Mandy stared at the piece of cloth he showed her. She hadn’t realized she was bleeding. The sight of her blood shocked her and she slid into fetal position. Logan lifted her and carried her out of the bathroom toward the outer door. Mom came running to intercept them.
“Where are you going? You’re supposed to be getting married.”
“She can’t. Not today.”
Mom frowned. “Look, I know she started her period.” Mom hesitated, shocked to hear herself mention something so private. “Sorry, but…you know, that’s no reason…women have been managing to function for all of history…don’t look at me that way!”
Logan growled at her to get out of his way, but she blocked the door. He didn’t want to hurt her, but he had to get Mandy out of there, and he didn’t want to tell her mother something she had chosen not to share. He waffled. “She’s…hurt. I need to get her to a hospital.”
“Hurt? No, of course not…you did know…oh, my God, you didn’t know women bleed?” Mom stared at her son-in-law to be with horror at his naiveté.
“I know all about that. This is not her period. Get out of the way, I don’t want to have to shove you…please let me through.”
Mandy moaned, and Mom moved. The sound was eerie and painful enough to send the strongest among them scurrying, and Mom was far from the strongest among them. Logan flew out the door and helped Mandy into his car; Mom chased after, wanting to go along, but he was down the street before she could reach them. She jumped in her own car and followed.
The rest of the day was a blur for Mandy. Nurses bustled in and out, doctors flew through the room, and Mom seemed to be everywhere, a continuous stream of instructions and questions flowing at machine gun pace as she demanded to have her daughter taken care of properly, by her definition of properly, a standard no one, including Mom, could possibly meet. Logan hovered without speaking much, the concern on his face speaking more than words. He held onto her hand as long as they let him, and released her with reluctance when they wheeled her into surgery. The damage had been much greater than any of them, including Mandy, had realized.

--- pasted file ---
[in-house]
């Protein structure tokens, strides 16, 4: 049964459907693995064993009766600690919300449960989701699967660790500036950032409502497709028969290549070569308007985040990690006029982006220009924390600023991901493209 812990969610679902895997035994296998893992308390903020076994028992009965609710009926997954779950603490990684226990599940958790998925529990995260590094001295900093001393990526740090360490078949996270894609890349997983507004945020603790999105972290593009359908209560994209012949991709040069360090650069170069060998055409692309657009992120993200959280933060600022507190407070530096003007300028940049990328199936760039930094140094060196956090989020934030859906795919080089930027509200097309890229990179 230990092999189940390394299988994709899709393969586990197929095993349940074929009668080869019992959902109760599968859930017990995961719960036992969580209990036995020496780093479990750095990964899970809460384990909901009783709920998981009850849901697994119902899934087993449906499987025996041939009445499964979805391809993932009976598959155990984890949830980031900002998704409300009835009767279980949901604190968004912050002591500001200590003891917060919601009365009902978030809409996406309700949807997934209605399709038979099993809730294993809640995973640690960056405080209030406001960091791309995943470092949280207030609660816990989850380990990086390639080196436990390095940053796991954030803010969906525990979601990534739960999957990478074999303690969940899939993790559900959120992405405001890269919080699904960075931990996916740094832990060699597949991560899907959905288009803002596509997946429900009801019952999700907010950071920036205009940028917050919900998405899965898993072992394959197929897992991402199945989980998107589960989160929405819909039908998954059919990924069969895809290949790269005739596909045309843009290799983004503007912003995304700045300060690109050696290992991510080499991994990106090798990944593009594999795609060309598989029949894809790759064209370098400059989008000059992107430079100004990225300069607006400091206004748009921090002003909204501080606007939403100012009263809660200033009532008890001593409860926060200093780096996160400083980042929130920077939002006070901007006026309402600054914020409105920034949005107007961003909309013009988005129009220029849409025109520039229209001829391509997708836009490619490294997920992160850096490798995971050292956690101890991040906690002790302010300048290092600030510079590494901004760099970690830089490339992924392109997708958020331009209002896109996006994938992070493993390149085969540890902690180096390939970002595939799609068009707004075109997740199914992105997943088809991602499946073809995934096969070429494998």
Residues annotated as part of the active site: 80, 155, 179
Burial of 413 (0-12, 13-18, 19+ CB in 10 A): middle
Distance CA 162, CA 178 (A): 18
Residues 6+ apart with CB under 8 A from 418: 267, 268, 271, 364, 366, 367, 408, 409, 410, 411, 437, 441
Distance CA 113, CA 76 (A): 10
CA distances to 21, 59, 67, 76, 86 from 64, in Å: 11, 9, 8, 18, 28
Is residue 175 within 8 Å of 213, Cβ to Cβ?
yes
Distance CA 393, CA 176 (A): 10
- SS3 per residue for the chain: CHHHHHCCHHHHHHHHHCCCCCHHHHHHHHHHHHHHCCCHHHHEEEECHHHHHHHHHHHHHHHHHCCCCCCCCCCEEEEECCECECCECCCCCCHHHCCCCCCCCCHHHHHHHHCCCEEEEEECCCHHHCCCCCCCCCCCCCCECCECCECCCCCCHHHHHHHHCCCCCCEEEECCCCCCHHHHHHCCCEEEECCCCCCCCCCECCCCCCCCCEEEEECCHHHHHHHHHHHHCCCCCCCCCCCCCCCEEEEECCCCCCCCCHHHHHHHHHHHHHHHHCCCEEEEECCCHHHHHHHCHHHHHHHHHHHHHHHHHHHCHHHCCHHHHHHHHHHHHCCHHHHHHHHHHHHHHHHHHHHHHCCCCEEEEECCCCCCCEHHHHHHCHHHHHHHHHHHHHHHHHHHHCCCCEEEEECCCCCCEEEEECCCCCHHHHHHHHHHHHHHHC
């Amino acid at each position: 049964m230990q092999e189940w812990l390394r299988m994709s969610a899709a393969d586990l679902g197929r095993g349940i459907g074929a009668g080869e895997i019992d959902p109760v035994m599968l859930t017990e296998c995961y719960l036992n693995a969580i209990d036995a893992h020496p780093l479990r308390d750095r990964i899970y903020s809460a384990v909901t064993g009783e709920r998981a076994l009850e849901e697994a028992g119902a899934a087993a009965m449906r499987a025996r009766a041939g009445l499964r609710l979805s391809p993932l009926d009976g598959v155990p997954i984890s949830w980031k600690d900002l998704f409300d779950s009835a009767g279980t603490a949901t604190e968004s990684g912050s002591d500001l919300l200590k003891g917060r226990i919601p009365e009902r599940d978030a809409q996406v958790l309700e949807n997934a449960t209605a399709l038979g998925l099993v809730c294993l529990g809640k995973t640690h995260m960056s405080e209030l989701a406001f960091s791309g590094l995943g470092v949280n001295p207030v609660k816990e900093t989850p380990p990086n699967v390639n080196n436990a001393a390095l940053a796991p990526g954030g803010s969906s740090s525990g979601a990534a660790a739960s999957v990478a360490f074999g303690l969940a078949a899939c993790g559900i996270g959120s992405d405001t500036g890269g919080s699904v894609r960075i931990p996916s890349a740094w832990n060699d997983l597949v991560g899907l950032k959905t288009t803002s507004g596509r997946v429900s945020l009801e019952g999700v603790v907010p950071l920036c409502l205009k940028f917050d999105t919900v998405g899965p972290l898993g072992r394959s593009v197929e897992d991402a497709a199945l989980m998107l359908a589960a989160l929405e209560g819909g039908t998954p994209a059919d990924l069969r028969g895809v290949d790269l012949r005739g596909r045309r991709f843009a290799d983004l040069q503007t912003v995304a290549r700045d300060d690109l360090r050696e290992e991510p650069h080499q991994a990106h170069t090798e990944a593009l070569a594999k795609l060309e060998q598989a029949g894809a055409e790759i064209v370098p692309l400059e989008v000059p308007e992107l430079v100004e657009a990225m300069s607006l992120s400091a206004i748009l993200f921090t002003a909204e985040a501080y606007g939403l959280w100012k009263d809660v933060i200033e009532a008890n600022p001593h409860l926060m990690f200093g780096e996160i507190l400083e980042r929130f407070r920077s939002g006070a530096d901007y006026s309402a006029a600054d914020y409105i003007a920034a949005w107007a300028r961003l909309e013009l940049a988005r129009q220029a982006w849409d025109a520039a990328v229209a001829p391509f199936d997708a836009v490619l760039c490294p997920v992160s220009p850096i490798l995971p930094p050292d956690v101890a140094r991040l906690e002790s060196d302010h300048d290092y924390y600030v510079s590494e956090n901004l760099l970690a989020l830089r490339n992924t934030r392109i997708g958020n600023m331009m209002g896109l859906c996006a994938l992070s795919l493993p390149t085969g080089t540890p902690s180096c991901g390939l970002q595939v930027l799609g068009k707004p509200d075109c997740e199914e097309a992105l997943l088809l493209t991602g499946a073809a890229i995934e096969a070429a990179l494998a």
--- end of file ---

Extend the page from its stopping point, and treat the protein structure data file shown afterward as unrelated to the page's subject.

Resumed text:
Mom paced the waiting room, her constant barrage of conversation now turned against herself. She berated herself for not realizing her daughter was hurt, for scolding her, for not hearing her pain. Logan was afraid she would start slapping her, so he insisted she sit and read a magazine. She managed only one paragraph before she was on her feet again. He finally persuaded her to go to the cafeteria and get them both some lunch. That gave him a few minutes of peace before the barrage began again.
Mandy couldn’t look at Logan when he came into the room. She turned her head and stared at the wall as he tried to get her to talk. She had fallen into a depression he couldn’t break through, and all his attempts were met with silence. She didn’t seem to be herself anymore, the animated vivacious woman he loved. He ached to see her like this, but he didn’t know how to help her.
Mandy accepted the flowers he brought her the next day, and tried to tell him she loved him, but she choked on the words. She did love him, but…she didn’t deserve his love. She wanted him to stay, but she wouldn’t blame him if he went. He held her hand and whispered sweet phrases, and she could hear the pain in his voice. He didn’t deserve any of this.
The police came and went, breezing through the hospital like a battalion, taking her statement and comparing notes with the police who had taken her statement yesterday. One policeman started to chew her out for not calling them immediately, but one look at Logan’s face and he fell silent and wrote out the report, the same report that some other policeman had filled out that morning. Mandy wished they would all go away. Eventually they did, and she was alone with Logan…and her thoughts.
Logan took her hand again, and looked into her eyes. For the first time, she looked directly at him. “I want to stay…I need to know…are you angry with me?”
Mandy shook her head. “How could I be angry with you? You didn’t do anything to hurt me.” She stopped, and he handed her a glass of water, sensing without her telling him what she needed. They had that kind of relationship. “I hurt you…I did it.”